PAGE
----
Michelle’s Story

Our tag line at Furnace Hills Coffee is, “Special Coffee Roasted by Special People.” We believe that our coffee ranks with the best you can buy in this country because special people roast it. Erin, Jason & Chris add something to the work place that no one else can bring. And they do their jobs with excellence.

The National Down Syndrome Society (NDSS) has launched an initiative that will employ more with developmental disabilities and especially those with Down Syndrome into the mainstream. We are promoting #DSWORKS as part of our initiatives. If you know of a business owner who does not employ someone with developmental disabilities, let them know they are missing out on a great opportunity to improve their culture, create a special product/experience and improve their bottom line. Your friend needs these special people as much as they need to be employed.

Below you’ll read about Michelle. She is someone who has made a difference for a company and a culture in a mall. I think you’ll be as challenged by her story as we have been.

Michelle, who has intellectual and developmental disabilities, also uses an electric wheelchair. Her interests include working with children and visiting one particular shopping mall. While Michelle couldn’t work in daycare to read to children or pick them up, she was able to visit her favorite mall every week. She knew where the pet store was, JCPenney’s, Spencer’s, everything. Easter Seals’ assistant VP of workforce development, Carol Salter, went to the mall to look for ideas for a possible job for Michelle. A global coffee retailer had a kiosk there. Salter approached and asked if they would consider bringing on a staff member if it would make the store more money. Employees of the other stores in the mall often couldn’t get free to visit the coffee retailer, so why not add a
delivery service? The store employees were willing to consider the idea. Salter registered with the state vocational rehabilitation services and had a tray built for Michelle’s electric wheelchair, complete with a bolted lock box and cup holders. The pair took several weeks and went to employees in every store, introducing Michelle, saying she was going to work at the coffee retailer and deliver orders. Employees would need to deposit exact change. Salter sewed a coffee store apron to the back of Michelle’s wheelchair, and she was ready to go.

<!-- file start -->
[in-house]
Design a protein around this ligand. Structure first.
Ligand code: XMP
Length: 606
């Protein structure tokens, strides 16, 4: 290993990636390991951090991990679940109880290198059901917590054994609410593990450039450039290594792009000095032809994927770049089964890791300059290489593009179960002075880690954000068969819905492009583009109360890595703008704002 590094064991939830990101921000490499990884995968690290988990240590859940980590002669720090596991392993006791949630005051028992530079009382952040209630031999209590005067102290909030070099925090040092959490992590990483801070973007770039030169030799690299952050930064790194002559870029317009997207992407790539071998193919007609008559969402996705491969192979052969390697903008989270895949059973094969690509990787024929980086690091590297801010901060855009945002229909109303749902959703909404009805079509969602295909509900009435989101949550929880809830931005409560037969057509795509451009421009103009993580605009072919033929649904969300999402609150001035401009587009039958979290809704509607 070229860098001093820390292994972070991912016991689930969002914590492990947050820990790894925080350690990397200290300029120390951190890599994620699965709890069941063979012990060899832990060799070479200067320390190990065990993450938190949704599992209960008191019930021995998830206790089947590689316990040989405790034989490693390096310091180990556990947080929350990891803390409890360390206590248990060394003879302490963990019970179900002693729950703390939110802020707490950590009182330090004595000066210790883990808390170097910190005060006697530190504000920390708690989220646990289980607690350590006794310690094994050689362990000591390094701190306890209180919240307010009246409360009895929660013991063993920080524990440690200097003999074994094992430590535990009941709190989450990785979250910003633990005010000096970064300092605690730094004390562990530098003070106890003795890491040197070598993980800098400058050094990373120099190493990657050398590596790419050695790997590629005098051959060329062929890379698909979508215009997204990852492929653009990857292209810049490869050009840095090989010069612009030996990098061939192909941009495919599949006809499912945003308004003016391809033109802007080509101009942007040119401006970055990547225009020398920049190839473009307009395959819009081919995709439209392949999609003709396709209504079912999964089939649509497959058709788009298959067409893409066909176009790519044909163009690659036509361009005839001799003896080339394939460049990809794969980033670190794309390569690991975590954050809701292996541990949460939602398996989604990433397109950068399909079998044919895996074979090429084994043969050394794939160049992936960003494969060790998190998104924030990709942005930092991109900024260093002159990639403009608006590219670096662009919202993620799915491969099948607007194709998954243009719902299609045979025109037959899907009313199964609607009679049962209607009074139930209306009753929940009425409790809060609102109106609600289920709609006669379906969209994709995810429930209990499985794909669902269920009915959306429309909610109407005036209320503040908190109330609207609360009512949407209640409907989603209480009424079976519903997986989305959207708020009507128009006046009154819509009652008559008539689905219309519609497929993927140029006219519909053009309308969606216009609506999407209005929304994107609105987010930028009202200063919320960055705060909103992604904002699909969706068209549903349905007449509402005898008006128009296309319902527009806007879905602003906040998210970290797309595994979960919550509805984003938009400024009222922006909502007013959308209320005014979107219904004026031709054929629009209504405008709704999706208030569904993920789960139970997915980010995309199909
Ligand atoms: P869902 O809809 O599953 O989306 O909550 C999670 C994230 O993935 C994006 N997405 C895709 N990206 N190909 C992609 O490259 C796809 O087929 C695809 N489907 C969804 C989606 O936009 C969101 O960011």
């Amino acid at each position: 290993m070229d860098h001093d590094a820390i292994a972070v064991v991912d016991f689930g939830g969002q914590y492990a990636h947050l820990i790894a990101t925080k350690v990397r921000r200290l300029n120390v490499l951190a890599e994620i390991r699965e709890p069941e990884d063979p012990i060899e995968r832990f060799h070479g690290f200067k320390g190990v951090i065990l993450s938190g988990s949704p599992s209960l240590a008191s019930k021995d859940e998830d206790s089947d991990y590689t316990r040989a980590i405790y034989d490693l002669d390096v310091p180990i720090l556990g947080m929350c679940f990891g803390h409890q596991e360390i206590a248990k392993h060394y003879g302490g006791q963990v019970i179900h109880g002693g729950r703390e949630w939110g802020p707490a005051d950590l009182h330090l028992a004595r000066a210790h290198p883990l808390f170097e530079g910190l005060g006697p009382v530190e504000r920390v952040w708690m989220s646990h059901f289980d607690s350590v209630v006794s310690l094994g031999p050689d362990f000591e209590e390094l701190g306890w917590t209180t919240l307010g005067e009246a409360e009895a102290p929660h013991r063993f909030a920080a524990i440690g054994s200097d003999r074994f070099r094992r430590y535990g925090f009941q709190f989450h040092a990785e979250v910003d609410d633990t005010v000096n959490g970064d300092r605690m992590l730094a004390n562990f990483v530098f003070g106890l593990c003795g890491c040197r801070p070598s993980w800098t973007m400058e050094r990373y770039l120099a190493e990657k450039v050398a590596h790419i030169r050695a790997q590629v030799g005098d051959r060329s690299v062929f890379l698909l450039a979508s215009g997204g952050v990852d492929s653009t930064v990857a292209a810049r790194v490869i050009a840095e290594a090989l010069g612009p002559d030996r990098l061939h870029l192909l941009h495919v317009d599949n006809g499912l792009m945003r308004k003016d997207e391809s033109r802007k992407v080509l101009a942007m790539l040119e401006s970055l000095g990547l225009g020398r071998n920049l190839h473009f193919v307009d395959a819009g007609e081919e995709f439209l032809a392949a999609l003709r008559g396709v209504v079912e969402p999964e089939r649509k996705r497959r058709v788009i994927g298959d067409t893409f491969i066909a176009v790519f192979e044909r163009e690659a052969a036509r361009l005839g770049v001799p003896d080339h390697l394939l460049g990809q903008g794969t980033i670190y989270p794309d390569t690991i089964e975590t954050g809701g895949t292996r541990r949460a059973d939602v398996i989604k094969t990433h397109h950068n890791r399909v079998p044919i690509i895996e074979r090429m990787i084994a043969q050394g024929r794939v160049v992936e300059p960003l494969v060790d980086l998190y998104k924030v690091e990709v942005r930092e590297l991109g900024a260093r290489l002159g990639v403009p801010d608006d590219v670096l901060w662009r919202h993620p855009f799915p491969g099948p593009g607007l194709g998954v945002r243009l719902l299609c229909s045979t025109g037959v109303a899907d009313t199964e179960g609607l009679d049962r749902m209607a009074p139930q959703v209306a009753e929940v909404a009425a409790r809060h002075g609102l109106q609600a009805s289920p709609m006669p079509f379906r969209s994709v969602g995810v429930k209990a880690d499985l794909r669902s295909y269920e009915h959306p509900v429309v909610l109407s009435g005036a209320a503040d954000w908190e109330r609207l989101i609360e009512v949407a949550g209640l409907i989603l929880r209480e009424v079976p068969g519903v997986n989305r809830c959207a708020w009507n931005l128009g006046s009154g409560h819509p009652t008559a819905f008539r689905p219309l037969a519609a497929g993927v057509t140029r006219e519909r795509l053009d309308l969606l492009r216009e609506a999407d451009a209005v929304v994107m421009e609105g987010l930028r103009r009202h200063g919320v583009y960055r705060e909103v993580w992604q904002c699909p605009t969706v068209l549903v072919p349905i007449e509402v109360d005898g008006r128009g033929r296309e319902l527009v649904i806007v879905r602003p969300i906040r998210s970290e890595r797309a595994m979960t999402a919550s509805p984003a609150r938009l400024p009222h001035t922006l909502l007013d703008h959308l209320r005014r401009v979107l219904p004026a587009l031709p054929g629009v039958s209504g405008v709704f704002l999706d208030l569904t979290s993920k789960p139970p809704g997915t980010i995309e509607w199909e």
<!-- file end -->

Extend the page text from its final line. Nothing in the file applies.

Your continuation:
Michelle became an employee of the coffee retailer, receiving benefits for part-time work, and expanding her social network. People in the mall knew Michelle by her first name. And the coffee retailer made more money. Patrons started adding more than exact change, so Michelle earned tips as well. After two months, Salter noticed that between 11 a.m. and 1 p.m. there were few incoming coffee orders because most mall employees were taking lunch. So she thought, why not use Michelle’s slow time to deliver lunches from the food court? Michelle also began working for the mall’s food court association. Each food court vendor chipped in to pay Michelle to deliver lunches to workers for those two hours each day. A light was installed above each store to alert Michelle when an order was placed
for delivery.
This success spurred Salter to go to other malls to broach the concept. “Now we have to find people with motorized wheelchairs to fill the spots.”

What an awesome story of how one person with developmental disabilities raised the social and economic environment in one mall. We are telling business owners these days that if you do not hire at least one person who has a developmental disability your business is not reaching its full potential.

Do you know of a business that could hire someone with a developmental disability? Make plans to talk to them this week. Share Michelle’s story with them.


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